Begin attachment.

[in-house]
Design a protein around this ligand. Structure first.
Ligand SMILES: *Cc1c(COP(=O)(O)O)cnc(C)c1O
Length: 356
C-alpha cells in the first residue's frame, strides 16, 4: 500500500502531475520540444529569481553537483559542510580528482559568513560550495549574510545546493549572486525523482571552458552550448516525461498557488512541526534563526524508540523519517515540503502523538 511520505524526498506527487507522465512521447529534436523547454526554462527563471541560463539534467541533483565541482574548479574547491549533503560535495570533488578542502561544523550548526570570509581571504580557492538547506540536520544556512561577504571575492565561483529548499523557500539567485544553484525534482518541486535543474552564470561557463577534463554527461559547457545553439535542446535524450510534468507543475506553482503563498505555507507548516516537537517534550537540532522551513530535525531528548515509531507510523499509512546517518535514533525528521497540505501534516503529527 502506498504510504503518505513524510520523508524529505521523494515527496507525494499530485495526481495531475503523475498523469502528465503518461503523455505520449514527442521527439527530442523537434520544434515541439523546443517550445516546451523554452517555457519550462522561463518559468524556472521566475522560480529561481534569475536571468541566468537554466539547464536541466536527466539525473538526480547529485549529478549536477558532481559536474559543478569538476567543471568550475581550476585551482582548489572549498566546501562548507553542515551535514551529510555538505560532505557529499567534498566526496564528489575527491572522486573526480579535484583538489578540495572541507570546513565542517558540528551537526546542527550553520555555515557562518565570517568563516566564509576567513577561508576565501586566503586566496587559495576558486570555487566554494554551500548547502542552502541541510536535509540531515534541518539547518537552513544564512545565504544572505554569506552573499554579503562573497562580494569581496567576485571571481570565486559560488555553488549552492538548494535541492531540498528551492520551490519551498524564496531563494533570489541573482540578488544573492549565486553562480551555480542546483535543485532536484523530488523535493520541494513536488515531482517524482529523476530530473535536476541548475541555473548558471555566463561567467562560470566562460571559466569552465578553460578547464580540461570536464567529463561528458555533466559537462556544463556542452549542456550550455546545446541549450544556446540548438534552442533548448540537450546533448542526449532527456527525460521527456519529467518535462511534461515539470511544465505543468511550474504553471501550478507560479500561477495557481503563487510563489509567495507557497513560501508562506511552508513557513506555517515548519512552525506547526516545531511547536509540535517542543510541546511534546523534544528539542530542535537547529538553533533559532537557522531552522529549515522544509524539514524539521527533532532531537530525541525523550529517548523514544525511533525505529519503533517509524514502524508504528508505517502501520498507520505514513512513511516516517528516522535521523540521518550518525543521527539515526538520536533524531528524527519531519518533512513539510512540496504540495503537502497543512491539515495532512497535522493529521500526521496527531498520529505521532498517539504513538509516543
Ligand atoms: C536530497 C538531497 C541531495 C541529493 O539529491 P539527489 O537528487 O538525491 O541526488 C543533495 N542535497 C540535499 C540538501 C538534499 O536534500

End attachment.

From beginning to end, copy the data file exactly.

[in-house]
Design a protein around this ligand. Structure first.
Ligand SMILES: *Cc1c(COP(=O)(O)O)cnc(C)c1O
Length: 356
C-alpha cells in the first residue's frame, strides 16, 4: 500500500502531475520540444529569481553537483559542510580528482559568513560550495549574510545546493549572486525523482571552458552550448516525461498557488512541526534563526524508540523519517515540503502523538 511520505524526498506527487507522465512521447529534436523547454526554462527563471541560463539534467541533483565541482574548479574547491549533503560535495570533488578542502561544523550548526570570509581571504580557492538547506540536520544556512561577504571575492565561483529548499523557500539567485544553484525534482518541486535543474552564470561557463577534463554527461559547457545553439535542446535524450510534468507543475506553482503563498505555507507548516516537537517534550537540532522551513530535525531528548515509531507510523499509512546517518535514533525528521497540505501534516503529527 502506498504510504503518505513524510520523508524529505521523494515527496507525494499530485495526481495531475503523475498523469502528465503518461503523455505520449514527442521527439527530442523537434520544434515541439523546443517550445516546451523554452517555457519550462522561463518559468524556472521566475522560480529561481534569475536571468541566468537554466539547464536541466536527466539525473538526480547529485549529478549536477558532481559536474559543478569538476567543471568550475581550476585551482582548489572549498566546501562548507553542515551535514551529510555538505560532505557529499567534498566526496564528489575527491572522486573526480579535484583538489578540495572541507570546513565542517558540528551537526546542527550553520555555515557562518565570517568563516566564509576567513577561508576565501586566503586566496587559495576558486570555487566554494554551500548547502542552502541541510536535509540531515534541518539547518537552513544564512545565504544572505554569506552573499554579503562573497562580494569581496567576485571571481570565486559560488555553488549552492538548494535541492531540498528551492520551490519551498524564496531563494533570489541573482540578488544573492549565486553562480551555480542546483535543485532536484523530488523535493520541494513536488515531482517524482529523476530530473535536476541548475541555473548558471555566463561567467562560470566562460571559466569552465578553460578547464580540461570536464567529463561528458555533466559537462556544463556542452549542456550550455546545446541549450544556446540548438534552442533548448540537450546533448542526449532527456527525460521527456519529467518535462511534461515539470511544465505543468511550474504553471501550478507560479500561477495557481503563487510563489509567495507557497513560501508562506511552508513557513506555517515548519512552525506547526516545531511547536509540535517542543510541546511534546523534544528539542530542535537547529538553533533559532537557522531552522529549515522544509524539514524539521527533532532531537530525541525523550529517548523514544525511533525505529519503533517509524514502524508504528508505517502501520498507520505514513512513511516516517528516522535521523540521518550518525543521527539515526538520536533524531528524527519531519518533512513539510512540496504540495503537502497543512491539515495532512497535522493529521500526521496527531498520529505521532498517539504513538509516543
Ligand atoms: C536530497 C538531497 C541531495 C541529493 O539529491 P539527489 O537528487 O538525491 O541526488 C543533495 N542535497 C540535499 C540538501 C538534499 O536534500